People outside of jazz won’t know Paul Motian I guess. But for me he’s come to encapsulate important qualities, many of which I find in short supply elsewhere. Brevity, detail, humility, emotion.
I have problems with writing music, everything comes out stumpy and brief, like an insult, a compacted mass of material that refuses to expand until played by improvisers. And so it is with Motian, but he had no problem with it. His bands could always stretch the music they were given to symphonic proportions, to the point where you would wonder why anyone bothers with all that through composed stuff.
The detail, the choice of up or down, or stay on the same note….such great choices, and yet always feeling like one of many he could have made. In this way, Motian’s music opens more doors than it closes, leaves a little bit for other musicians to follow up.
The humility to leave it to the musicians. His tunes are like those writing exercises, “wrote a poem on this one word: afterwards”. That word is carefully picked. It is not “sock”. “Sock” is too specific, and music is no different. Tunes with hardly anything in them require one to allow so much to whizz past in the mind, catching only a small clutch of choice pitches, intervals, rhythms….something to get ones teeth into. And this requires humility, because people do not generally heap praise on economy of touch in the arts. Where’s your “large scale work” Paul? The fact that he lived ’til 80 playing his own music, most of which goes on one page of A4 manuscript, is a huge inspiration. These pieces don’t look like much, but there are so many ways in which they can make the musicians sound good.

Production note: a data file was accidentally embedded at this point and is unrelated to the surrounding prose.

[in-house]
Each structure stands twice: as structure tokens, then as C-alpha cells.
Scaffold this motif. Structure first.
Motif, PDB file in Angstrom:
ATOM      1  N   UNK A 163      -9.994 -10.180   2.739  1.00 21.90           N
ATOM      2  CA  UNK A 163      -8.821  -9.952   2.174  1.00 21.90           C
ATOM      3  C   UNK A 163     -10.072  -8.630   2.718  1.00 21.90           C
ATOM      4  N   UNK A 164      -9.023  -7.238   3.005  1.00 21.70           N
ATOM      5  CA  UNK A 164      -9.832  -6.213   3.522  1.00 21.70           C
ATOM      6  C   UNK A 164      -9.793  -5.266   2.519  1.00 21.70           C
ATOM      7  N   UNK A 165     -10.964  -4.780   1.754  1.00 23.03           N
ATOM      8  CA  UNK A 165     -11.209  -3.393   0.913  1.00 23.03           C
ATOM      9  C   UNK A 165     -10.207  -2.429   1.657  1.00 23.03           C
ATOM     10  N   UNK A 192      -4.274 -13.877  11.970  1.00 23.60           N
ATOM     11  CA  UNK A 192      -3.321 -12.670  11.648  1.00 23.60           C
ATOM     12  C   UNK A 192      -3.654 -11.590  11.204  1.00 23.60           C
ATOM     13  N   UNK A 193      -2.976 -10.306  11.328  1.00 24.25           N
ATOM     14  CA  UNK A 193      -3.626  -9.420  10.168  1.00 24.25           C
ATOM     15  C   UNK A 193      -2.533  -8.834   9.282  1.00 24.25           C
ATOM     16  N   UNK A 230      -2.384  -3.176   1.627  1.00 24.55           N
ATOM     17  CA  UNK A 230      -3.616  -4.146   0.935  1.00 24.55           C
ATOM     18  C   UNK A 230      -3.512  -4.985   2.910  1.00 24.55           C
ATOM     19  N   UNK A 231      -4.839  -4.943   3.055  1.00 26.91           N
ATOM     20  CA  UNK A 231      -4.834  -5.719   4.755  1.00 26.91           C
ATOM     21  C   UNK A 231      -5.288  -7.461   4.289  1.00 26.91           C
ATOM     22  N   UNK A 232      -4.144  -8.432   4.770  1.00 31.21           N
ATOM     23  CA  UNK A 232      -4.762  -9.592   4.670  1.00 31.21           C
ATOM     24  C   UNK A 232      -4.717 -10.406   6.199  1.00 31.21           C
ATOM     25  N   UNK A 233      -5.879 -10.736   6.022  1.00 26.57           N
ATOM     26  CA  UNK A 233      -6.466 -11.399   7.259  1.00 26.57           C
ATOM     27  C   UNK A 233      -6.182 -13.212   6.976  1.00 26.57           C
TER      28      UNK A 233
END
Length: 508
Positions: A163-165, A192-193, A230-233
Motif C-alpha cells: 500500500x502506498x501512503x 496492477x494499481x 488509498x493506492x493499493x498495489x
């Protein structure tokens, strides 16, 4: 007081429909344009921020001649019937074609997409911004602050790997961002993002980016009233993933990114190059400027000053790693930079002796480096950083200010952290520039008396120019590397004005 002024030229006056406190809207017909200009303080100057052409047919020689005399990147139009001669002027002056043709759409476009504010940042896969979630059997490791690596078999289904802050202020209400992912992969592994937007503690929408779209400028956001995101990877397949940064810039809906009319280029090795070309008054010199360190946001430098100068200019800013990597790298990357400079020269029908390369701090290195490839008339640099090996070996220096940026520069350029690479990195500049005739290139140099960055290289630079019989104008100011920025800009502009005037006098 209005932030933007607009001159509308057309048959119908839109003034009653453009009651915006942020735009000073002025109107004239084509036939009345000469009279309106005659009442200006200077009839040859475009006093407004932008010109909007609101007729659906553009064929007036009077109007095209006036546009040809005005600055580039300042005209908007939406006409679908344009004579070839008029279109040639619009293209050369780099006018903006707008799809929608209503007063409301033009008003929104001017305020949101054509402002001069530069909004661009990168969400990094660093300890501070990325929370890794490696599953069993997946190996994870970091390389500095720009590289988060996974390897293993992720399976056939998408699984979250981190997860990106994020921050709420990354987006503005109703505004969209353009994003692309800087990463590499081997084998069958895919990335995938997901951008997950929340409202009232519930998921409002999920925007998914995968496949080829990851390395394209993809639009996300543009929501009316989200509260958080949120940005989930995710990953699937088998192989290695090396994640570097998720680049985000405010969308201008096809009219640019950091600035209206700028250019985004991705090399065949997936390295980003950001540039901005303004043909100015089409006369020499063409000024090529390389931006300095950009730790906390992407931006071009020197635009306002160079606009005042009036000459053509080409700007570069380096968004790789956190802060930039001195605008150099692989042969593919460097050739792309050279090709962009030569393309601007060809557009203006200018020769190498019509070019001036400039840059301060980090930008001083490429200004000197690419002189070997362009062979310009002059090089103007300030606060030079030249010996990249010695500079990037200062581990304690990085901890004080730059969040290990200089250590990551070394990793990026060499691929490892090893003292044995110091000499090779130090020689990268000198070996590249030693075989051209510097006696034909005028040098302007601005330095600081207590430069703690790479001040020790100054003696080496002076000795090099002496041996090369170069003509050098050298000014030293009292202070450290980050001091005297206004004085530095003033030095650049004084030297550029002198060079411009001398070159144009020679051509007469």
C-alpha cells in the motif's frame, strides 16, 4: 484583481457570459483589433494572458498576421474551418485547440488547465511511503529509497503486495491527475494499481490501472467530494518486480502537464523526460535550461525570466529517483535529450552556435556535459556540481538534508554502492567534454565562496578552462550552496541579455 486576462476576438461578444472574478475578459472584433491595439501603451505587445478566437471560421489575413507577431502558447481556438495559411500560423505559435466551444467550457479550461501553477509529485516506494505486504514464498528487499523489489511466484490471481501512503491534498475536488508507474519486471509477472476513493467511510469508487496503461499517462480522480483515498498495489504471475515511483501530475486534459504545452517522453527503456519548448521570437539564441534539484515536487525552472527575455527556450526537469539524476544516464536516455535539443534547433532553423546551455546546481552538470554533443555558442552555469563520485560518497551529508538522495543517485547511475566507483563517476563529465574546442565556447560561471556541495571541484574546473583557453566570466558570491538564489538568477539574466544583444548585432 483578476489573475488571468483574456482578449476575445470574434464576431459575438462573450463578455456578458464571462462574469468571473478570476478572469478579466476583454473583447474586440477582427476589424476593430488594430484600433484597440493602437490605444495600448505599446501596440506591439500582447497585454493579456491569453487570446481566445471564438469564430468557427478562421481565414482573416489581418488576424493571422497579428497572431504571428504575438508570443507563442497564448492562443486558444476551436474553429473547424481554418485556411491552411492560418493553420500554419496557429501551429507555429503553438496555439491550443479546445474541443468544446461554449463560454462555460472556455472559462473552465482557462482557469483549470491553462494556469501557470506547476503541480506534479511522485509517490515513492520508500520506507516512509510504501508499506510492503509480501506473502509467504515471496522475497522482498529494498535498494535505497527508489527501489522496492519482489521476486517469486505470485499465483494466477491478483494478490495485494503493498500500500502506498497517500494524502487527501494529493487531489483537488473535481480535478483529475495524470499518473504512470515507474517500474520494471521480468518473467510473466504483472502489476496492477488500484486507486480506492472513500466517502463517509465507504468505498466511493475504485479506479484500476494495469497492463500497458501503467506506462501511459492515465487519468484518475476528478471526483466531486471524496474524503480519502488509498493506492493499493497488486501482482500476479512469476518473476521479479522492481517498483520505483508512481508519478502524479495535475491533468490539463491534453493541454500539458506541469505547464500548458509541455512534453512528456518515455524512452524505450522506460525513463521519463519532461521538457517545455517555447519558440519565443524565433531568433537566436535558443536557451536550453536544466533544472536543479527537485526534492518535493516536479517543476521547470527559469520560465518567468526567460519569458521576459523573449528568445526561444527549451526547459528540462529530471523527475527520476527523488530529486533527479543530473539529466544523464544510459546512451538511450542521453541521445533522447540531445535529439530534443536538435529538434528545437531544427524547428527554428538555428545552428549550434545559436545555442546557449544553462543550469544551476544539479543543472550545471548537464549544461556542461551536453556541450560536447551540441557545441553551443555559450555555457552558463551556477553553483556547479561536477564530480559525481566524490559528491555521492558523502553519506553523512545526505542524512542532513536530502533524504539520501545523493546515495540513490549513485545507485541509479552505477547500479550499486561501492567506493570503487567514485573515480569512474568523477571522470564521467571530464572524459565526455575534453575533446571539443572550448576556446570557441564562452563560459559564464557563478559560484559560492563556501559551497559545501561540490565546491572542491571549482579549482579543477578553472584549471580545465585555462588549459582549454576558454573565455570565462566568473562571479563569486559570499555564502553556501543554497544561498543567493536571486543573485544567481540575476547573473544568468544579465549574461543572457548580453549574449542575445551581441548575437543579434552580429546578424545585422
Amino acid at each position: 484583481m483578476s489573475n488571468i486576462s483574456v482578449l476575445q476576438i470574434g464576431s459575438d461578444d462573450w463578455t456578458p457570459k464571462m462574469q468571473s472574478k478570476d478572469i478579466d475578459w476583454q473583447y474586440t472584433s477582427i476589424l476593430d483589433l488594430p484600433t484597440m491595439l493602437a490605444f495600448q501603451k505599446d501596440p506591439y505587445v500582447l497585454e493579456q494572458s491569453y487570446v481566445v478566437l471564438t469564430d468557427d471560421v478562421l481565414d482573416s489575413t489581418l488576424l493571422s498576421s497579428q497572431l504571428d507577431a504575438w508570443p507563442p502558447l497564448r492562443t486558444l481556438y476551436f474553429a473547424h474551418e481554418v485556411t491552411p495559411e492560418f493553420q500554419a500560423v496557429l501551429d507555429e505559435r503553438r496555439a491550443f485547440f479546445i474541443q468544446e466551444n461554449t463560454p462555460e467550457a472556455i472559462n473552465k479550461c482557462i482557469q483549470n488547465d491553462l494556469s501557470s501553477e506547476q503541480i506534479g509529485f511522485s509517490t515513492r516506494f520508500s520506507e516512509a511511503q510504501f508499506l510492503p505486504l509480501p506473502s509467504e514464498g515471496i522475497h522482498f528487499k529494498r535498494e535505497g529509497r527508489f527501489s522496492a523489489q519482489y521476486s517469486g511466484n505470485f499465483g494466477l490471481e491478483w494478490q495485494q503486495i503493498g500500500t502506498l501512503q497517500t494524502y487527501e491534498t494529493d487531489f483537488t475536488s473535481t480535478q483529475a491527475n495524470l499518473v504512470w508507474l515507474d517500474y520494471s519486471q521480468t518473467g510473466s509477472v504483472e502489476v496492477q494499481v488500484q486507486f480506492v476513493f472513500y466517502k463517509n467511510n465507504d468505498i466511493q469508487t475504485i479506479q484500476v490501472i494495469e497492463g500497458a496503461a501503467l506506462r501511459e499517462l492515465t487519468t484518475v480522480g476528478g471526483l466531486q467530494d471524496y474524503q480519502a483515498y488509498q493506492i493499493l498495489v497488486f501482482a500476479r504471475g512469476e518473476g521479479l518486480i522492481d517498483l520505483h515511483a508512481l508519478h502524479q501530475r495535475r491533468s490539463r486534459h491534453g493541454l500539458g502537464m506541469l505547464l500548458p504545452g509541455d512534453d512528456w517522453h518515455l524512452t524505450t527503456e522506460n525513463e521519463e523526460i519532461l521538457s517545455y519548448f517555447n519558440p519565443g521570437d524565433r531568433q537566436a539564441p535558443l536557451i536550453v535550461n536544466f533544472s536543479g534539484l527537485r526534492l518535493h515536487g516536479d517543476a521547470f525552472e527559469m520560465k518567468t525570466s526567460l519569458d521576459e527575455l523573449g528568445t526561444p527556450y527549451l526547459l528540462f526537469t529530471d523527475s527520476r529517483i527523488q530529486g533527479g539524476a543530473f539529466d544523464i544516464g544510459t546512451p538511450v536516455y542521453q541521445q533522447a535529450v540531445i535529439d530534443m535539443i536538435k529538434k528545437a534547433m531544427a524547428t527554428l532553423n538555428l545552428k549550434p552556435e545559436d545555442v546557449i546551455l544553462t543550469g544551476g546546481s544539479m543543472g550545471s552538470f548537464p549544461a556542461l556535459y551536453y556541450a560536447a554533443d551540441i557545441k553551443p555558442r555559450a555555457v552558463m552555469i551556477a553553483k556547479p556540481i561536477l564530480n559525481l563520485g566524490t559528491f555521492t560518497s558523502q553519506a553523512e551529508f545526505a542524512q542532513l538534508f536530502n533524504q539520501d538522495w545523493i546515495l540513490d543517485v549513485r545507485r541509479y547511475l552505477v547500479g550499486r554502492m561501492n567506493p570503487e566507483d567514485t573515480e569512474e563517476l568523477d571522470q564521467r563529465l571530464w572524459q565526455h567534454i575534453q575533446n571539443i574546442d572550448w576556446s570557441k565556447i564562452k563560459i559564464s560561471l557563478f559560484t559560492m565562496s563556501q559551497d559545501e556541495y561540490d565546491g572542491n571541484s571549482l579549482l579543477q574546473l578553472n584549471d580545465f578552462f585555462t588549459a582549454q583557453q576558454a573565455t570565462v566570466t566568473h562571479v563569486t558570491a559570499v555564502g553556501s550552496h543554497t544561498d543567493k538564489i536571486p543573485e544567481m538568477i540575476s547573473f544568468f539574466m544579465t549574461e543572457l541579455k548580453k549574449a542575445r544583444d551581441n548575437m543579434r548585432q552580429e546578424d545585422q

And emotion, maybe it’s like a deep well in the mind. I imagine some people trawling a net through it in order to get everything out. Motian is perched on the edge of the bank, of his consciousness, dropping a long line into that black water, waiting. I think he threw a lot of what he caught back in.
I played with him once, in a workshop in front of students. He played the drums exactly as they were set up by the student who had played previously. We played “Blue Skies”, a simple old tune by Irving Berlin, who wrote “White Christmas”. He counted it off, we started, I thought fuck he’s loud. I tried not to play like Monk or Keith Jarrett or anyone else he had played with. He’s so much louder than he is on recordings, I thought. In real life he’s loud. He’s pushing us to play. “We had fun” he said afterwards. I nodded and smiled, the smile of a fixed grin newscaster. I have since learned to redefine “fun” in music. A small word, like a short tune, that contains multitudes.